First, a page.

Line Markers

You can use ribbon to mark your lines or by the bobber style markers. The bobber style is the most popular and seems to work well for most people. There are a variety of styles and sizes, just pick what you like.

If you fish more than one line per kite, make sure you get several colors so they can be coded to the reels. Nothing is worse than grabbing the wrong rod when you get a violent strike from a big sailfish!

Kite Fishing Reels

There are a few companies that make specific reels for kite fishing but those are often just a waste of money. Any reel that is strong enough to support the load of the kite and has a high gear ratio will do the job just fine. It really doesn’t have to have a high gear ratio but it helps!

Other than reels mounted to a rod, there are several other varieties of kite line systems. Once again, I would just use a standard reel. Once you have some experience, you can always pick one up if you think it worthwhile.

If you are using multiple kites, you can opt for electric reels for kite fishing. They are commonly used in multi-line setups and work great for quickly reeling in lines that aren’t needed. Just make sure the one you get has the power to bring the kite in.

Kite Fishing Rods

Kite rods are surprisingly rare to find. A few companies make specific rods for the purpose, most of which are reasonably priced. Starting out, you can use the lower section of any takedown rod if nothing else.

Daiwa does make a rod in its Saltiga line that is affordable and great quality. They can be had for under a hundred bucks and work very well.

Kite Line

Some people like to use Dacron line specifically made for kites while others use braided line. You do want something in the 80# range just to be safe. Either line should work well but the Dacron line does have less stretch.

Always carry a few extra pre-rigged lines on spools. In high winds in front of storms, the static electricity can break a kite line. The last thing you want to do is have to re-rig the whole line at sea.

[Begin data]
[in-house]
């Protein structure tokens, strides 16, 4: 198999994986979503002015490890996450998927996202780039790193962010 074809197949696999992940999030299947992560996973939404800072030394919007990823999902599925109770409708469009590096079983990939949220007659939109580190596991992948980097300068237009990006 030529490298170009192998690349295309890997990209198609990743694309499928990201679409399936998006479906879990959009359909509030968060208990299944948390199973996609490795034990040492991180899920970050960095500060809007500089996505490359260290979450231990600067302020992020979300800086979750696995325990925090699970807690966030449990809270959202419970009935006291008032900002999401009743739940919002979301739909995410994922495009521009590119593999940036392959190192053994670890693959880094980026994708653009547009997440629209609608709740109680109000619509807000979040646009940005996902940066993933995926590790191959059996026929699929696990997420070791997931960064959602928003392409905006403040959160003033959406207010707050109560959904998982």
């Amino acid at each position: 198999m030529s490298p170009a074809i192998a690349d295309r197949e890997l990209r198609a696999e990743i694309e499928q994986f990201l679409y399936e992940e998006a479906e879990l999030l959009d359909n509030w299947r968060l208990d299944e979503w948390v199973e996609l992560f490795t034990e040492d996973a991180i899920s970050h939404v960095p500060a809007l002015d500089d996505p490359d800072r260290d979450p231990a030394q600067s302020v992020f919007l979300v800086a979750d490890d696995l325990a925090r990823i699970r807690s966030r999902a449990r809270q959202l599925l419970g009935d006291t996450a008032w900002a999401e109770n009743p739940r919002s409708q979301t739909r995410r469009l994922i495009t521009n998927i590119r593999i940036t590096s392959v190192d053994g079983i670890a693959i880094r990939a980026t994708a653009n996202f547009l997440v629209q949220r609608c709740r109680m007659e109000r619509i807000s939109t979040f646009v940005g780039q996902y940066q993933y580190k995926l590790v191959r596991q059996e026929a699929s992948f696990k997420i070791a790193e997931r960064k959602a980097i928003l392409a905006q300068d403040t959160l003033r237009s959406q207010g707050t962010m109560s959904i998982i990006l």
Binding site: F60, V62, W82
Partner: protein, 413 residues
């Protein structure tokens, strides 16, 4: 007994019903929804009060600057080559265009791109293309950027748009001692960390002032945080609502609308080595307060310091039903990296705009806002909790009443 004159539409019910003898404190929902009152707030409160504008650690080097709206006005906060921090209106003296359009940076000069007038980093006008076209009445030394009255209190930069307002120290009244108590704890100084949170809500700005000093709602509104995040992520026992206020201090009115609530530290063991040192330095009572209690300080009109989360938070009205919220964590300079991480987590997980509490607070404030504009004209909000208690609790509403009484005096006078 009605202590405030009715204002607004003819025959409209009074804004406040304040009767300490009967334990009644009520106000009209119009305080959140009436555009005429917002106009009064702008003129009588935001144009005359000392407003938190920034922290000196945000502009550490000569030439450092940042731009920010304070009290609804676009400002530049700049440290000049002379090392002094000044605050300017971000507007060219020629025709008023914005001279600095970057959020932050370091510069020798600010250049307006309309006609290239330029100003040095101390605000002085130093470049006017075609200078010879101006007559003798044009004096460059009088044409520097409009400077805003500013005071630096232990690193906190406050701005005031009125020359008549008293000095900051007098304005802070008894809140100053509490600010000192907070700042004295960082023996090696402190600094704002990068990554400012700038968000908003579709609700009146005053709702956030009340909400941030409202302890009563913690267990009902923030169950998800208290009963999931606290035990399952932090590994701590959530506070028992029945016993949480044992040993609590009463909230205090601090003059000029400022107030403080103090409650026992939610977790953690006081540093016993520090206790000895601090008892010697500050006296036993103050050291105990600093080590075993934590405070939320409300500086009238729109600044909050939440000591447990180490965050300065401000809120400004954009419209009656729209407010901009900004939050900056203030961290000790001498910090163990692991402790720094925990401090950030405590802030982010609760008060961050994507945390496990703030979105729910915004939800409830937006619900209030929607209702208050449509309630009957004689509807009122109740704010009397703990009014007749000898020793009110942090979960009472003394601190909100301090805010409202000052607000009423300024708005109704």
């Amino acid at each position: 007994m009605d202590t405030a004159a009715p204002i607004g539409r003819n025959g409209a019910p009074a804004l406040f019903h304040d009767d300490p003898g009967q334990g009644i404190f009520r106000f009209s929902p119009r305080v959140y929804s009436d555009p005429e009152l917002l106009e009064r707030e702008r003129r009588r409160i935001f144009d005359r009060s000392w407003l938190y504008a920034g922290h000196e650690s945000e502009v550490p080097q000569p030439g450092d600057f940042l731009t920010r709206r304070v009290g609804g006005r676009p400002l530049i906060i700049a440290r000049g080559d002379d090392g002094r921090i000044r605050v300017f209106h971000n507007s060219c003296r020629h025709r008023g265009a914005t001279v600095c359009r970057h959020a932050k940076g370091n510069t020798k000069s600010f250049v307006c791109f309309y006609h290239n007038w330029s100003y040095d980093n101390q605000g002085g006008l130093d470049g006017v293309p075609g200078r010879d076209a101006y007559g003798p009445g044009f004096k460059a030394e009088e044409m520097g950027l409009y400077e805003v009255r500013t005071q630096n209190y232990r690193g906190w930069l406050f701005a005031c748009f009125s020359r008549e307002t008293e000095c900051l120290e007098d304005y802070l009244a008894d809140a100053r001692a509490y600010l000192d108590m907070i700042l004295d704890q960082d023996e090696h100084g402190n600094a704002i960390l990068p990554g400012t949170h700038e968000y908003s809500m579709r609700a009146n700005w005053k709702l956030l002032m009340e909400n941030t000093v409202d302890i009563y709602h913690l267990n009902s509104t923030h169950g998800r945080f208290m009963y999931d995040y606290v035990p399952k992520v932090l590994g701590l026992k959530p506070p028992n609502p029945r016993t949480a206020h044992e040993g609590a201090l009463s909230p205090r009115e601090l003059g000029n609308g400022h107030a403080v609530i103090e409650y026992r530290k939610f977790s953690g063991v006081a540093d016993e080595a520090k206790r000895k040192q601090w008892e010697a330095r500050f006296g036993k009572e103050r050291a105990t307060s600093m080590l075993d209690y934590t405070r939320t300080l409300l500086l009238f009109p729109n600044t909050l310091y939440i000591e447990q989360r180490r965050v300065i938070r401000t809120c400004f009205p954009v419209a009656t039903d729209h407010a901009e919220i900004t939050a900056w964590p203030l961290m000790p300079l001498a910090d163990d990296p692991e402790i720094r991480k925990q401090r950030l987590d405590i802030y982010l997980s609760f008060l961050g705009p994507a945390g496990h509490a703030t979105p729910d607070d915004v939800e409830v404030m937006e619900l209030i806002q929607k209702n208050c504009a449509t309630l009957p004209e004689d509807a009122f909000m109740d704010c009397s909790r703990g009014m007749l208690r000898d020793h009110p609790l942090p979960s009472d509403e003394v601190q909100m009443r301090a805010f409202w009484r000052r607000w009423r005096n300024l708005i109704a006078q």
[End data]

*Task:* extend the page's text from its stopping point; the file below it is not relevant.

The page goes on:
Other

That takes care of all the big items but you will need a few more small items to get you going the right way. While you are shopping around, pick up a few of each.

Kite rings in either ceramic or stainless steel. Most people use cheaper stainless steel rings even though they are heavier. The ceramic rings may be better quality and don’t wear your knots as bad.

Make sure you get a few balloons. They don’t need to be helium balloons, just ordinary balloons. These will serve as a float should you crash your kite and nothing more. Once you are farther along, helium balloons can be used on days that have too little wind.

Get a rigging needle and a few small rubber bands to properly bait your hooks. This method has proven to be the best for overall presentation and will give you more hits.

Kite Fishing Kits

If you are new to kite fishing you can make your life much simpler by picking up a pre-made kit. Some of these will come with a kite and some will not. Otherwise, they offer everything you will need short of rods and lines.

Most kits will come with all the rigging supplies including:

  • Weights
  • Swivels
  • Markers
  • Rings
  • Clips
  • Beads

The best ones will also come with hooks, baiting needle, and rubber bands for all your live bait needs. These are often a good value for what you are getting.

If I had a preference it would be for a kit without the kite. Picking an appropriate kite to the wind you want to fish is very important. I would want to pick my own for my preferences.

Conclusion

Kite fishing is an exciting change to a sport that has been done the same way for years. The excitement and increased fish you bring in will be well worth the cost. And With a little ingenuity, you can mitigate this cost with some of your existing rods and reels.

Whether you choose to do it from a boat or from the beach, it’s worth your time to get out there and give it a solid try. After you get used to it, it may be the only way you want to fish. This is especially true if doing it from a beach.

This a tried and true method stretching back decades in the States but going back hundreds of years. The first discovered kite fishermen were using palm leaf kites and still catching fish. Anything that has worked for that long deserves a shot!

If you can find a mentor but if you can’t, hopefully, this article has answered most of your questions. Any reputable bait shop that carries kite fishing supplies should be able to get you the rest of the way. Virginia to Florida, this sport is doing nothing but growing. You might as well get on it now and be ahead of the game!